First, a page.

Before SWAN, SMITH and MARSHALL, Circuit Judges.
Almost immediately after the decision in United States v. E.I. du Pont de Nemours & Co . 353 U.S. 586 (June 3, 1957) holding that du Pont's ownership of stock in General Motors Corporation was a violation of Section 7 of the Clayton Act, four derivative actions were brought by shareholders of General Motors to recover on its behalf damages caused it by du Pont's violation of the anti-trust laws.*fn1 In February 1958, on motion of the defendants, three of the derivative actions (the fourth having been dismissed) were consolidated under the title Rita Gottesman et al. v. General Motors Corporation and E.I. du Pont de Nemours & Co . In the Gottesman case Judge Weinfeld entered an order on July 3, 1958 restraining all stockholders of General Motors from prosecuting any derivative action except Gottesman .*fn2 On October 6, 1959 the consolidated Gottesman action was assigned to Judge Metzner for all purposes.
On February 25, 1963 Margot B. Schiff, Individually and as Exeutrix of the Estate of Herbert Schiff, deceased, filed a derivative action as owner of General Motors stock.This action was assigned to Judge Metzner on March 6, 1963, the plaintiff consenting thereto. The Schiff action raises substantially the same issues of law and of fact that are presented in the consolidated Gottesman action. In that action Judge Metzner has ruled (opinion reported in 28 F.R.D. 325) that the earliest date for which damages are recoverable is May 4, 1950. In Schiff plaintiff claims that her holding of General Motors stock can be traced back to prior to November 25, 1936.
The order of July 15, 1963 which the petition for mandamus seeks to have vacated provides that the time of the defendants General Motors and du Pont to move or answer with respect to the Schiff complaint "is extended to and including a day thirty (30) days following termination of the stay provided for in paragraph 9 of the order of" Judge Weinfeld dated July 3, 1958 in the Gottesman case, and that "the application for modification of the provisions of said paragraph 9" is denied. It is obvious that denial of Schiff's application for modification of the stay ordered by Judge Weinfeld involved the exercise of discretion by Judge Metzner.*fn3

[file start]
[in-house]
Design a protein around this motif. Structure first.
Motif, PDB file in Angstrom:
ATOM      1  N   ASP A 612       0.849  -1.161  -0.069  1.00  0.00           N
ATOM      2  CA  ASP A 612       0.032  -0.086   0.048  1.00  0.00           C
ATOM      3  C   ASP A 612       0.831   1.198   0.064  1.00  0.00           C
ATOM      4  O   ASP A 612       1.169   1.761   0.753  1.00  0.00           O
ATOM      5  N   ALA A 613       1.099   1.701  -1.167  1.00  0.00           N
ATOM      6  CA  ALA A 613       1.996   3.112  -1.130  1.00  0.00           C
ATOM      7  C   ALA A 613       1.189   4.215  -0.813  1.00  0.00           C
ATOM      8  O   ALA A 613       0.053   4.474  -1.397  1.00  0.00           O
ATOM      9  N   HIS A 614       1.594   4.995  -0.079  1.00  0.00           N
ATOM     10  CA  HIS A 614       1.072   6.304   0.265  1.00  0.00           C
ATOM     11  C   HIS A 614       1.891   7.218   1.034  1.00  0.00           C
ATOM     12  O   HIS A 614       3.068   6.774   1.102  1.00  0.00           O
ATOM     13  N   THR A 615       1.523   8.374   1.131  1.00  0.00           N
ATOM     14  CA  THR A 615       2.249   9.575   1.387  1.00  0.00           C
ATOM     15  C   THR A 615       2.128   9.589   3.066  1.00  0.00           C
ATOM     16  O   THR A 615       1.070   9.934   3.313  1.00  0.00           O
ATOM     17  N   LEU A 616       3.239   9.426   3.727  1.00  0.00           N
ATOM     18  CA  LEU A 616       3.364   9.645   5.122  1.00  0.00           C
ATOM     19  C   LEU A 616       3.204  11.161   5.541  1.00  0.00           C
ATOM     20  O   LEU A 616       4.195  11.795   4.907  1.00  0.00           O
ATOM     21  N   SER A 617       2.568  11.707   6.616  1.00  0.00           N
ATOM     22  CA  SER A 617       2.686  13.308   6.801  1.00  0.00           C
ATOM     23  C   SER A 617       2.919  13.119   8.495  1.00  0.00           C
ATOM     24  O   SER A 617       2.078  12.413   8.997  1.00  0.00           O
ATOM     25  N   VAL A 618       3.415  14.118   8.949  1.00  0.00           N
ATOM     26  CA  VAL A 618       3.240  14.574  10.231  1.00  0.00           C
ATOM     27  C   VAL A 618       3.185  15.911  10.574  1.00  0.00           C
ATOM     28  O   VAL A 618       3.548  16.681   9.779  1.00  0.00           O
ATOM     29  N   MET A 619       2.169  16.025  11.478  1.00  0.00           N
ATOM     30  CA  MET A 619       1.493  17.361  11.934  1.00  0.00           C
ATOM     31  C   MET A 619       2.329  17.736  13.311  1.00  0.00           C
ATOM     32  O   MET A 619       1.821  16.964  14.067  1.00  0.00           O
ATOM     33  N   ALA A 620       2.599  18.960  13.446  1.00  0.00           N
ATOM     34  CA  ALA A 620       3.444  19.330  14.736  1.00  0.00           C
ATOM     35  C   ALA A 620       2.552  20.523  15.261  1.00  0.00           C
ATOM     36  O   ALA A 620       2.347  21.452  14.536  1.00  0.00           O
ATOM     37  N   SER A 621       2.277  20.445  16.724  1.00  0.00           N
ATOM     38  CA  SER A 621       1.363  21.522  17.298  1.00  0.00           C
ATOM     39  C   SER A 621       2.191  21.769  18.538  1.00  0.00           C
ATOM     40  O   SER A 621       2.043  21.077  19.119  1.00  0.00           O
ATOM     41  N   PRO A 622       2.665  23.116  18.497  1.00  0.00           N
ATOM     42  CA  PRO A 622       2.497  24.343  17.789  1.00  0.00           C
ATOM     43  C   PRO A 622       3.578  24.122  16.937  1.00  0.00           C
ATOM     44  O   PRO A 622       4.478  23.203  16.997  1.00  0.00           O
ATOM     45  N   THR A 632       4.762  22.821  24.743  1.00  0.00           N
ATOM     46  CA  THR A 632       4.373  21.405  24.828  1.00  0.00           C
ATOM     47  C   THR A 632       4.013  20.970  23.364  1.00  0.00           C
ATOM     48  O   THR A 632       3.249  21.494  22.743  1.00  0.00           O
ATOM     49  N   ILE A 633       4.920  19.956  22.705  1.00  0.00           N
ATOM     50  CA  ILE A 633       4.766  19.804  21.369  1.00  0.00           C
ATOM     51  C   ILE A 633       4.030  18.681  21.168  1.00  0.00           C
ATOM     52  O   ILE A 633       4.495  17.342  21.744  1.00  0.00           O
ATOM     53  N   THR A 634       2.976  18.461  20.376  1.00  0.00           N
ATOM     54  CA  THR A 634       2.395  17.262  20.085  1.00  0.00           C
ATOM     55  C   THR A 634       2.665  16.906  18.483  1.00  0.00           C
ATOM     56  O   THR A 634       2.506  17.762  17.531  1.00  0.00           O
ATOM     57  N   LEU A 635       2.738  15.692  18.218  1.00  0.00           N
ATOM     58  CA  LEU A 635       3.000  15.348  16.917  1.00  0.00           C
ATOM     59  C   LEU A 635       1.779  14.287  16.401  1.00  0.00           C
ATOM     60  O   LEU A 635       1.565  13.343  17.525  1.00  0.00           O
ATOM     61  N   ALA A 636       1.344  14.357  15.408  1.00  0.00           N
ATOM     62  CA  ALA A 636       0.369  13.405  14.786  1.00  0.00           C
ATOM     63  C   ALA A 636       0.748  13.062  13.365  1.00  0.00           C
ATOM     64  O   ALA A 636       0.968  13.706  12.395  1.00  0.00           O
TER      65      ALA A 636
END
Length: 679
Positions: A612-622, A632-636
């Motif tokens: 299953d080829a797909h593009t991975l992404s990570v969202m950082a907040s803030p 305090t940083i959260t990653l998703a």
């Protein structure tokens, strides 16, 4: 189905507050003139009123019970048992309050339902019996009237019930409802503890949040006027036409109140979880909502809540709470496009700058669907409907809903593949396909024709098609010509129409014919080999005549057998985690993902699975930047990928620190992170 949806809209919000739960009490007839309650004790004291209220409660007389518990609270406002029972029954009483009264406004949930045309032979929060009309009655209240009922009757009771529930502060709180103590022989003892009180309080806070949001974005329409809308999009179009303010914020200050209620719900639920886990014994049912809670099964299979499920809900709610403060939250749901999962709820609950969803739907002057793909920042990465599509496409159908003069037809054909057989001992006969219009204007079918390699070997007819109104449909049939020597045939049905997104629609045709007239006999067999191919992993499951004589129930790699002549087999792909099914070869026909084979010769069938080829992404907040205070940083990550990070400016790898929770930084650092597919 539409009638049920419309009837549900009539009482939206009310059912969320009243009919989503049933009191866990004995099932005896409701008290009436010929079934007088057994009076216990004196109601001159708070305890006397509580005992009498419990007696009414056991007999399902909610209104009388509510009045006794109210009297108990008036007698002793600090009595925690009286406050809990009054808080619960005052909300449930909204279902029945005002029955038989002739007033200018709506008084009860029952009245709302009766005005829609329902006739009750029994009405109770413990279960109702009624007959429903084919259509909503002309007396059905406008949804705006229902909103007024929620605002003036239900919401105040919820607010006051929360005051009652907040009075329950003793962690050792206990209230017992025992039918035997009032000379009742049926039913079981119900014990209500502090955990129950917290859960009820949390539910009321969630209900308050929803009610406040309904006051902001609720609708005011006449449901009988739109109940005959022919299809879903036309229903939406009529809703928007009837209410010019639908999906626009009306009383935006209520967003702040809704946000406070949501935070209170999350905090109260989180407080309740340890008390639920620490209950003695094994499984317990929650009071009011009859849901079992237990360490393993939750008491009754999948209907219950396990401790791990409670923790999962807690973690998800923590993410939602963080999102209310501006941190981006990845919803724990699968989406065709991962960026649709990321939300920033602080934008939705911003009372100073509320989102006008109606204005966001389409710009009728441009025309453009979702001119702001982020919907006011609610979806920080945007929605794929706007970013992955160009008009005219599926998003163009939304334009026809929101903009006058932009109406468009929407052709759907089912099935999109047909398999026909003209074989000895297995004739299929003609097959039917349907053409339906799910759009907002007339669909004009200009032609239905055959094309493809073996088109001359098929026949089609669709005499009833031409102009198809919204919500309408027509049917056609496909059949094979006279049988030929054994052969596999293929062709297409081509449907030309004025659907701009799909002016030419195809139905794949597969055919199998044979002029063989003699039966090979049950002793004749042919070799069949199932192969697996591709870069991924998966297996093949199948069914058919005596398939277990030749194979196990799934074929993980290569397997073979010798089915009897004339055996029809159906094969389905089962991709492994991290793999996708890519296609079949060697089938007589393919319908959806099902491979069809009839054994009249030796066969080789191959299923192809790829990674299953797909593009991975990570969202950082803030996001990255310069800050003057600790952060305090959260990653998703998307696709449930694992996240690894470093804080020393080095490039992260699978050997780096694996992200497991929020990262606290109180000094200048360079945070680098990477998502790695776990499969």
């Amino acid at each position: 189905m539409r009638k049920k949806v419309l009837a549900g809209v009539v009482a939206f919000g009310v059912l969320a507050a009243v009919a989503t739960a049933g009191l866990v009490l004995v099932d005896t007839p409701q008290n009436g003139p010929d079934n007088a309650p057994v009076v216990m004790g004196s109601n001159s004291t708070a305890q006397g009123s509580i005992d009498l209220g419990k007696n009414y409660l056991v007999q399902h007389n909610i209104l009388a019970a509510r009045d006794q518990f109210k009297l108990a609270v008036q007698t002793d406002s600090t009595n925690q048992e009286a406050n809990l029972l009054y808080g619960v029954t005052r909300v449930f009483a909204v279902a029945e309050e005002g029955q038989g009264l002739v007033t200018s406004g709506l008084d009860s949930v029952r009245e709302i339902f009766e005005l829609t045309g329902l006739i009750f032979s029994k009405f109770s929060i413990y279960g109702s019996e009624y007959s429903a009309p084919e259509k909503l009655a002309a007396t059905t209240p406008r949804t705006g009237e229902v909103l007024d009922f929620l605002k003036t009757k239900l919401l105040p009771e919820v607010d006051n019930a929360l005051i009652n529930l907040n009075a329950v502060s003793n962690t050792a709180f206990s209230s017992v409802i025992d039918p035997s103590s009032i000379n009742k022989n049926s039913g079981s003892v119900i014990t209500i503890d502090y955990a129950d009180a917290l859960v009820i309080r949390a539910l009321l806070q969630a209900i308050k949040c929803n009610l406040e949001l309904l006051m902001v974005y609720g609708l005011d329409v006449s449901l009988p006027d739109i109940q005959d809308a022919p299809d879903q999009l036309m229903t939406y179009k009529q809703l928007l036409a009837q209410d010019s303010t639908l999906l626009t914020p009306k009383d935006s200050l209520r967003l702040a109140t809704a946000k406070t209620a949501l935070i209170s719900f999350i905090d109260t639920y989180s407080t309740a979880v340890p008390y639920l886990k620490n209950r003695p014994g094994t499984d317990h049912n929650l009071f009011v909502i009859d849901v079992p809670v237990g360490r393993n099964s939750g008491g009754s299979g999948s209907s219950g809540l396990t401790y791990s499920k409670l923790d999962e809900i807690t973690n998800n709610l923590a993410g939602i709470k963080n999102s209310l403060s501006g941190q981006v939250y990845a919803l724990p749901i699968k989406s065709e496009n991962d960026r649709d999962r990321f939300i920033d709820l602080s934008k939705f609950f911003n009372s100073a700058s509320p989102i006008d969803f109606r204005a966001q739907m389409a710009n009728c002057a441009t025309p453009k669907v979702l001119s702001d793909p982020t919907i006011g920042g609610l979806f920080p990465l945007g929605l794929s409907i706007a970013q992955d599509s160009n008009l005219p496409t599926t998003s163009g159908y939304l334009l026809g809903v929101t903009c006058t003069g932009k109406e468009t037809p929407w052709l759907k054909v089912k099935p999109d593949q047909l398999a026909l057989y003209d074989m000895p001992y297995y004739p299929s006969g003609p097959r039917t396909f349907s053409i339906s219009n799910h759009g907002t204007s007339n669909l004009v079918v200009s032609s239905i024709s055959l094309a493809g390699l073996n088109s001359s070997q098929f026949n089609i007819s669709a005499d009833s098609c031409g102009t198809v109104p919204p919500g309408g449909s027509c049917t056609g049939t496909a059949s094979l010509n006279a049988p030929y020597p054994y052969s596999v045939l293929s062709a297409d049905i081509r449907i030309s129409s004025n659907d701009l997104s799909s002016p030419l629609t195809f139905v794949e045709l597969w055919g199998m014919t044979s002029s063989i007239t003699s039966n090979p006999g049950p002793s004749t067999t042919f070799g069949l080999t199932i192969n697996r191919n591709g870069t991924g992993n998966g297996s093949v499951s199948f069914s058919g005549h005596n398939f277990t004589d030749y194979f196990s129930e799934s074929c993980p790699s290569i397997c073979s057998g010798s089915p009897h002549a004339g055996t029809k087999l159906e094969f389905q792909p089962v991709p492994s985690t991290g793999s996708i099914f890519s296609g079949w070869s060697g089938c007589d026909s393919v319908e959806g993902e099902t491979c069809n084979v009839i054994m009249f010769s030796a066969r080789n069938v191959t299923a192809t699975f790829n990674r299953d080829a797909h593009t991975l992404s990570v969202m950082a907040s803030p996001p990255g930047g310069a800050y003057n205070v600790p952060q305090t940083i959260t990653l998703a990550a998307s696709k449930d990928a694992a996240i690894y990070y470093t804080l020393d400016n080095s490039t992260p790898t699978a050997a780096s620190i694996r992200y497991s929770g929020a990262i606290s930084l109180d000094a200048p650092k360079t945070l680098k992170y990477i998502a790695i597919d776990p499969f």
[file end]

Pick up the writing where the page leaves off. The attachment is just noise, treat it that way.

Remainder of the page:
While the motion for modification was pending, and before its decision, Schiff also moved to consolidate her derivative action with the Gottesman action. This motion was also denied. This, too, involved the exercise of discretion by Judge Metzner.
The Supreme Court definitely recognized in Landis v. North American Co ., 299 U.S. 248, 254 that "The power to stay proceedings is incidental to the power inherent in every court to control the disposition of the causes on its docket with economy of time and effort for itself for counsel, and for litigants." See also Mottolese v. Kaufmdn, 2 Cir., 176 F.2d 301. No type of case is more appropriate for "economy" than derivative suits by stockholders. Schiff's action is the seventh proceeding in the court below to raise the issues being litigated in the Gottesman case. Her suit was started nearly six years after Gottesman and was stayed for five years by Judge Weinfeld's order without protest by her. Trial preparation of the Gottesman case was well under way long before her action was filed. Both actions have been assigned to Judge Metzner for all purposes.
The orders Schiff seeks to have vacated will not deprive her of her day in court. Decision of the common issues in Gottesman will simplify the issues to be tried in the Schiff case and will promote "economy" of effort for all concerned. Under the circumstances there was no abuse of discretion in denying her motions. ...